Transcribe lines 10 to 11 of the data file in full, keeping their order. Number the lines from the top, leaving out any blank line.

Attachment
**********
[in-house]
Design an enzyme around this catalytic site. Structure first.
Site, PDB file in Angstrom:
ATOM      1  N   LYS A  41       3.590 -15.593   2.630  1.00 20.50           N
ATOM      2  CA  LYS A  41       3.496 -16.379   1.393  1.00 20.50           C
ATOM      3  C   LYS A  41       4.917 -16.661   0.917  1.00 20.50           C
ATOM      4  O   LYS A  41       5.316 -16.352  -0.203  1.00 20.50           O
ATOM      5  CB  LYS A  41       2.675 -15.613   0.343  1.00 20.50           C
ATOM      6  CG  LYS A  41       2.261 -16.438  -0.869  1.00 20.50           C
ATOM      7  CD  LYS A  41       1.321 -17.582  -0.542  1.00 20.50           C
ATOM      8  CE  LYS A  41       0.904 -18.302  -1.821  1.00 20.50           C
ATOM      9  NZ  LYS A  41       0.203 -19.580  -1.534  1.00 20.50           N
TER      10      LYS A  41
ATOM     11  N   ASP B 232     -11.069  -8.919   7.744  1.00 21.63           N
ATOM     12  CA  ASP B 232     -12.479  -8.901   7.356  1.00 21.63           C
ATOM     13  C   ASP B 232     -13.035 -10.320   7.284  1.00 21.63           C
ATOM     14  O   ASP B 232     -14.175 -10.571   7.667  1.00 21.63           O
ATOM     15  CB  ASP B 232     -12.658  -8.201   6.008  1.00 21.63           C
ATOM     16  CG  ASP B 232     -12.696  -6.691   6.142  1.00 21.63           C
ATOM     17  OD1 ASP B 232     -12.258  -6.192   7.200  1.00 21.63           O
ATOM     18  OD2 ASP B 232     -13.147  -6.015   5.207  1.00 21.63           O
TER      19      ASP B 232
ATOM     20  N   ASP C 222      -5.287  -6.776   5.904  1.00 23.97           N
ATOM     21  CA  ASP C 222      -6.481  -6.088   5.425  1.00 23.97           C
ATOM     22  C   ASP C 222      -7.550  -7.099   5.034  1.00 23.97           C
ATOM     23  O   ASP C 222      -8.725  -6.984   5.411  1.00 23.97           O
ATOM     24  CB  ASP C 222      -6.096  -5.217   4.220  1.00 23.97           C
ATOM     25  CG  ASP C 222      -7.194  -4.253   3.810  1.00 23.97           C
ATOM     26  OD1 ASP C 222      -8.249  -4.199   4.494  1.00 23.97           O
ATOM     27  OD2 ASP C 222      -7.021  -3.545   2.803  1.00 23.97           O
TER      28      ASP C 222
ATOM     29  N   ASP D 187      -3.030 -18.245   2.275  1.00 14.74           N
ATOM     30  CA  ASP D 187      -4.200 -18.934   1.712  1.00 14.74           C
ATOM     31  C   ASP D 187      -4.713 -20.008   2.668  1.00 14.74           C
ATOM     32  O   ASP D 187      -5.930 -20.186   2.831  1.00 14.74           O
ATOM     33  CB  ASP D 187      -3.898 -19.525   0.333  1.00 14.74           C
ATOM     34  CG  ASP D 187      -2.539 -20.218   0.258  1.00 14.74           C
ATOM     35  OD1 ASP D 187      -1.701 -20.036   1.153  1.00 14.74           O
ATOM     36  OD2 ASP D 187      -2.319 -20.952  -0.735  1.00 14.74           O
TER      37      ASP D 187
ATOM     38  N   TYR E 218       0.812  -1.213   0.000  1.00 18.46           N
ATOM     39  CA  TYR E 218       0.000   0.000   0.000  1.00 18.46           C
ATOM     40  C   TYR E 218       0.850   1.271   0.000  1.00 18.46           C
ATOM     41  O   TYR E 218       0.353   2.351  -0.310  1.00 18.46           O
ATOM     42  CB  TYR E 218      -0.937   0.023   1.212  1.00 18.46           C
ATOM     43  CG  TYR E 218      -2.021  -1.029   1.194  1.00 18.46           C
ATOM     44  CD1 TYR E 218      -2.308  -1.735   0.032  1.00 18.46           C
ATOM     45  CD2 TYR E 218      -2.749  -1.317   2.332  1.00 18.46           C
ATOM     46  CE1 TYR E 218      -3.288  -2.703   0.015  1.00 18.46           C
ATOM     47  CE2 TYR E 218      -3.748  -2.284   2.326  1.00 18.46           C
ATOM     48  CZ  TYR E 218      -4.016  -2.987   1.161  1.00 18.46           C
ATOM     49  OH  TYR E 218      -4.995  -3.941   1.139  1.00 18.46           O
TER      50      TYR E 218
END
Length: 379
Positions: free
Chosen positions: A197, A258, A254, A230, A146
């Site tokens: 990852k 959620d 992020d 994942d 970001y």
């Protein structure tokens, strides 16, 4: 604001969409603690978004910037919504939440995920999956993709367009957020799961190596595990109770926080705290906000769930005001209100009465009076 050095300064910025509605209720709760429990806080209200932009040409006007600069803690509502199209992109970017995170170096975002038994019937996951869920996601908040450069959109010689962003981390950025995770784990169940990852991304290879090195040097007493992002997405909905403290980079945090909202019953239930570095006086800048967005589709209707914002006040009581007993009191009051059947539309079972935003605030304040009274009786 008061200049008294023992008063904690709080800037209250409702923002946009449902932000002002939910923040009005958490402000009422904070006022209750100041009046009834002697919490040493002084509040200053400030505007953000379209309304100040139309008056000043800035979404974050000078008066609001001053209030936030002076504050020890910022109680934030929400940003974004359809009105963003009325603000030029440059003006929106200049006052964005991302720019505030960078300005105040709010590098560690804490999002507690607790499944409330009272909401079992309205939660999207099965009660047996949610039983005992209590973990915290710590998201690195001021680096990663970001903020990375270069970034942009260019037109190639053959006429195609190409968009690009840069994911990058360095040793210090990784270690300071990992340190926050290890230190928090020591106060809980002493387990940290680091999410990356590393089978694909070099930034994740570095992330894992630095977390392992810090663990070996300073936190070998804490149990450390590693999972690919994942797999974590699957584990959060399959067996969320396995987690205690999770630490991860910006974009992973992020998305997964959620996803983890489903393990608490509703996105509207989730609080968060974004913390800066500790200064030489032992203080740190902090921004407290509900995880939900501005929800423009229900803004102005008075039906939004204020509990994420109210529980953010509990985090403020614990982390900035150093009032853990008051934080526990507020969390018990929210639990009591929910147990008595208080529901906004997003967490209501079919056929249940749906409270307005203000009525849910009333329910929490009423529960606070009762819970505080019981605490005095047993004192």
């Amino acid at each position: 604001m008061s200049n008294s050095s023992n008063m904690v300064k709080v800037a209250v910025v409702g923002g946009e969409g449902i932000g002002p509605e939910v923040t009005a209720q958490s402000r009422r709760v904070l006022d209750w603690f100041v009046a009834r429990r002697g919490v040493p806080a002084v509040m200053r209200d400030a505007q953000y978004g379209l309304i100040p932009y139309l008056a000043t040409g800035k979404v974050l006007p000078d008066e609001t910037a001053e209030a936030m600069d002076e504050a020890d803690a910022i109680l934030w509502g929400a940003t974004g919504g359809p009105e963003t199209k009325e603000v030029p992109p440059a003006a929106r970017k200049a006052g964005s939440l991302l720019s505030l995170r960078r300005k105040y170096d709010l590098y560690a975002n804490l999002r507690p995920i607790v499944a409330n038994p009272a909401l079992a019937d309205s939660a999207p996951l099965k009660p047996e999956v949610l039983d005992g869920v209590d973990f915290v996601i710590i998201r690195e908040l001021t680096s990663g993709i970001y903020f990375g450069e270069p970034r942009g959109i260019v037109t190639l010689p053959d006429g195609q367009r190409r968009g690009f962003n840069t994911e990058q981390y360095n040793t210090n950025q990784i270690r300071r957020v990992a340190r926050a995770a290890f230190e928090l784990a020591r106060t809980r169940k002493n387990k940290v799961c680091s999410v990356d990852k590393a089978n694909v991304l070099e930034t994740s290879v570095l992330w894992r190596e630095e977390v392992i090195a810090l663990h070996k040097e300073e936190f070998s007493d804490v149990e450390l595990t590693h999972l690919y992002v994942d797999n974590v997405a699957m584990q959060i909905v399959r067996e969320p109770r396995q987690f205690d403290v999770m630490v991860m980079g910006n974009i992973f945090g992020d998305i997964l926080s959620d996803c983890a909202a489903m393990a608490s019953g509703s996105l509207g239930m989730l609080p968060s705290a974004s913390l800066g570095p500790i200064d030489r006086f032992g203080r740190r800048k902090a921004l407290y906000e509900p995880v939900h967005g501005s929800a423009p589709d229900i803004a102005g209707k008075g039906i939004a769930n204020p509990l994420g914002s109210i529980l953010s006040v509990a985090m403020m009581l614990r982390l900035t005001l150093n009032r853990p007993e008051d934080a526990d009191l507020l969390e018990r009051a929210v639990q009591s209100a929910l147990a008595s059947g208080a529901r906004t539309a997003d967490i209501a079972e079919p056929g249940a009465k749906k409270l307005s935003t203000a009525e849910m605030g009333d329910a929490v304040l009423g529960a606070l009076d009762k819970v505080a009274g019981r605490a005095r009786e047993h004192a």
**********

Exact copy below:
ATOM      7  CD  LYS A  41       1.321 -17.582  -0.542  1.00 20.50           C
ATOM      8  CE  LYS A  41       0.904 -18.302  -1.821  1.00 20.50           C